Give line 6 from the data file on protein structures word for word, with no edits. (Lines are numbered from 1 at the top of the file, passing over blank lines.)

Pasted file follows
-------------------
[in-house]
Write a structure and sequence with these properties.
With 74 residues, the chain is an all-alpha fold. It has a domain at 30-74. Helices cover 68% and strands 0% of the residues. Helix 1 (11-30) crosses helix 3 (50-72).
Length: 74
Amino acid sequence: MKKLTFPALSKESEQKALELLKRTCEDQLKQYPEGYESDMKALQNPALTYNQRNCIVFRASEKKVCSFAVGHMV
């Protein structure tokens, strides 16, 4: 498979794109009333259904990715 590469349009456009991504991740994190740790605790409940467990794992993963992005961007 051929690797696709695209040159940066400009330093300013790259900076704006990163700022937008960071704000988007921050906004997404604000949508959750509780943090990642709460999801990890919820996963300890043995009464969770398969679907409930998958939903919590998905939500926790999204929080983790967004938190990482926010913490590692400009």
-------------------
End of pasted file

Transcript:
């Protein structure tokens, strides 16, 4: 498979794109009333259904990715 590469349009456009991504991740994190740790605790409940467990794992993963992005961007 051929690797696709695209040159940066400009330093300013790259900076704006990163700022937008960071704000988007921050906004997404604000949508959750509780943090990642709460999801990890919820996963300890043995009464969770398969679907409930998958939903919590998905939500926790999204929080983790967004938190990482926010913490590692400009």